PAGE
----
A simples guide

Is home insurance a legal requirement?

Here, we’ll look at those situations where there is a legal requirement to have home insurance in place, and others where it is perhaps more a case of common sense.

It’s easiest to look at home insurance and content insurance as it affects various groups, and address each in turn.

1) You own your house but have a mortgage outstanding on it

If you’ve a mortgage on your property your mortgage lender has a big financial interest in your property, they will make it a condition of the mortgage that your home has adequate home buildings cover (building insurance covers the structure, including fixtures like your bath). So, for example, if your building was uninsured and the house burned down, they would lose their money too.

The condition will be mentioned in your terms and conditions of your mortgage agreement and will have been discussed with you when you took out the mortgage.

Unlike buildings insurance cover, there is no requirement to take out home contents insurance (Imagine you could turn your house upside down and shake it about a bit. Contents insurance covers everything that ends up on the floor – we’re talking furniture, jewellery, clothes and fridge freezers). If times are hard, or you’re looking to save money, it might be tempting to consider forgoing protection.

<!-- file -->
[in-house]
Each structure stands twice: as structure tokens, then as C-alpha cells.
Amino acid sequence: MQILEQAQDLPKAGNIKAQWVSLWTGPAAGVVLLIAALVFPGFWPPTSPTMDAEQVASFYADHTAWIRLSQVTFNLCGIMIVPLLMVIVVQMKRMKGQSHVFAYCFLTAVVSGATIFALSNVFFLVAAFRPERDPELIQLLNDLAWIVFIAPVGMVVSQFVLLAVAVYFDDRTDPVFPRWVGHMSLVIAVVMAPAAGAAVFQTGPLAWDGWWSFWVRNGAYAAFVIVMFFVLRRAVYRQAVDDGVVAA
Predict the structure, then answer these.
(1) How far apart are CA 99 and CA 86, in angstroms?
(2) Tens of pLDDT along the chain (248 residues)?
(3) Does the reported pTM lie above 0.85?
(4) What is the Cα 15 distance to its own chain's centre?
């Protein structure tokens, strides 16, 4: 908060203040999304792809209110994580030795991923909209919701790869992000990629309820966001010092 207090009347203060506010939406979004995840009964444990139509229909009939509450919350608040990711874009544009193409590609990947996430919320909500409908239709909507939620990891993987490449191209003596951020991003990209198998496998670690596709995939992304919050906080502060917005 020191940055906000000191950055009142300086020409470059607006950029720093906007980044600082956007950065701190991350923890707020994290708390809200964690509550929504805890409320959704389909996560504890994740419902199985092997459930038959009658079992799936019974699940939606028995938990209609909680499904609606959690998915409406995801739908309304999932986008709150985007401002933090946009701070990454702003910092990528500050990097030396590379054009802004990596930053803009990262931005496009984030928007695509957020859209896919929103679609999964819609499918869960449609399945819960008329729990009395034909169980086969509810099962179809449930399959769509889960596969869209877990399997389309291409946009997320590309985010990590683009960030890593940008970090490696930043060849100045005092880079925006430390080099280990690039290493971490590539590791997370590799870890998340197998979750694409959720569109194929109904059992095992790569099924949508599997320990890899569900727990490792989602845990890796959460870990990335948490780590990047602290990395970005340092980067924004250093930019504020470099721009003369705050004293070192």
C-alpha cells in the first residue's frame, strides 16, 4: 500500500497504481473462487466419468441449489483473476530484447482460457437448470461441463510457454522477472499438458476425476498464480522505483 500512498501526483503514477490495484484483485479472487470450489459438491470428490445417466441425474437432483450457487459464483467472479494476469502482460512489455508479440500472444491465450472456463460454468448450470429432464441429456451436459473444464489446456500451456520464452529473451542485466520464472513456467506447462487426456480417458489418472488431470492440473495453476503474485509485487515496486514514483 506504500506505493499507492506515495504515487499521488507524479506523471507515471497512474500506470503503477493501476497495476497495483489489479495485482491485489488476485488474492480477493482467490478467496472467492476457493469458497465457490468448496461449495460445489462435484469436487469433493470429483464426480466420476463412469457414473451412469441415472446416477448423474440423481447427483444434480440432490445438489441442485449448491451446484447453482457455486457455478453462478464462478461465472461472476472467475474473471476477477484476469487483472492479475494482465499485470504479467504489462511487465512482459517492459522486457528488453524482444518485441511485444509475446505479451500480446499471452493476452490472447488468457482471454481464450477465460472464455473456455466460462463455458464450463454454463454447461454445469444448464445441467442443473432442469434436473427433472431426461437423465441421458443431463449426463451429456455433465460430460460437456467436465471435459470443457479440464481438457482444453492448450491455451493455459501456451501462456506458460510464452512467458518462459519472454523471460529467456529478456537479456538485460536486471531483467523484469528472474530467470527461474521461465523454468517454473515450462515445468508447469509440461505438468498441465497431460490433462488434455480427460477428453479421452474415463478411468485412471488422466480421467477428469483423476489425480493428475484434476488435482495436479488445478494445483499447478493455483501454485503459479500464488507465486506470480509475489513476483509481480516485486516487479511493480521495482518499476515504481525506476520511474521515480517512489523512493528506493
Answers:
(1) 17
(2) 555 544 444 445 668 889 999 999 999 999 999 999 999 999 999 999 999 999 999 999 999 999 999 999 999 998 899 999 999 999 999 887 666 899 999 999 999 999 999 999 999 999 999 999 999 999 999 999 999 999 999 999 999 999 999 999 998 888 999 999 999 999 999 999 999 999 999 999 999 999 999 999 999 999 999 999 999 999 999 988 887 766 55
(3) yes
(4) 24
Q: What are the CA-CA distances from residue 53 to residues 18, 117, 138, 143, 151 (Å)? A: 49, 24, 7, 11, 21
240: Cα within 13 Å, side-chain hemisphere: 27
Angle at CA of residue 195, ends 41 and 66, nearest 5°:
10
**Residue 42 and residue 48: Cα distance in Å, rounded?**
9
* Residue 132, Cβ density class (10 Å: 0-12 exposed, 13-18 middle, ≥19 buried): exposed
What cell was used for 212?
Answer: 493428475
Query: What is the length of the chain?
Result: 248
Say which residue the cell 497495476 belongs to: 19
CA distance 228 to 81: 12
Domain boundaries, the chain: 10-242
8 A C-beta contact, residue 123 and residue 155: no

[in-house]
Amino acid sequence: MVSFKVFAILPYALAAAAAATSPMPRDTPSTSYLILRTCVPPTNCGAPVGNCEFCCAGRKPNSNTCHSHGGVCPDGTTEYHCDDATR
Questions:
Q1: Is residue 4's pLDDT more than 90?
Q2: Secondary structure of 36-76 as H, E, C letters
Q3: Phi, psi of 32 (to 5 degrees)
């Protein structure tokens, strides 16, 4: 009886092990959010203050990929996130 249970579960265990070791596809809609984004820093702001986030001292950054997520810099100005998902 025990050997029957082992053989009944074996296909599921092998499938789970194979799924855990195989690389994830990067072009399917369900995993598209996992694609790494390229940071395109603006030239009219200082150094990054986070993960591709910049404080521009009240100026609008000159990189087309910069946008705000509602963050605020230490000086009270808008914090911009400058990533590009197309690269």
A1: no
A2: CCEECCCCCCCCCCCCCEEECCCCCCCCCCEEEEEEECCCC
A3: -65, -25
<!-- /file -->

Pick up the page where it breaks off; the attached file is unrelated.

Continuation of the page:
Think hard though, if the worst ever happened you would lose everything and have no compensation whatsoever. Is it really worth the risk?

2) You fully own your home

If your home is owned outright, there is no legal obligation to have either home buildings or home contents insurance.

That said, your home is likely to be the largest asset you and your family own. The contents are likely to be second or third largest too. Is it worth the risk or losing everything for the sake of the saving on an insurance premium?

Is home insurance a legal requirement?
living room - is it illigal not to have home insurance?

3) You’re in a leasehold building

If you’re in a leasehold property, there is the possibility that you’ll have to pay for buildings cover. This should be covered in the leaseholder agreement for the building. Even if you do have to pay for the cover, it is likely to be taken as part of the service charge on the property.

You’ll need to take out your own contents insurance as usual, but again this isn’t mandatory.

4) You’re a landlord

If you’re a landlord with a buy-to-let mortgage, you’ll find that the lender insists on building cover in the same way as they would under a standard mortgage.

If you own the building, while there is no legal obligation to have building cover, you’d be slightly crazy not to take it out. You’d essentially be risking losing your investment if the worst was to happen.

Many insurance providers offer landlord insurance. Though policies vary from provider to provider, decent cover will usually cover the building, liability cover and some provision for loss of rent with additional options available. Use our landlord insurance comparison service to find the right deal for you.

5) You’re renting

If you’re renting privately, it is the landlords responsibility to insure the building.

You will though, need to arrange your own contents insurance, but again this isn’t mandatory.

Whatever your situation, it always makes sense to compare the costs of both buildings and contents insurance. Doing so couldn’t be easier than doing it with us.

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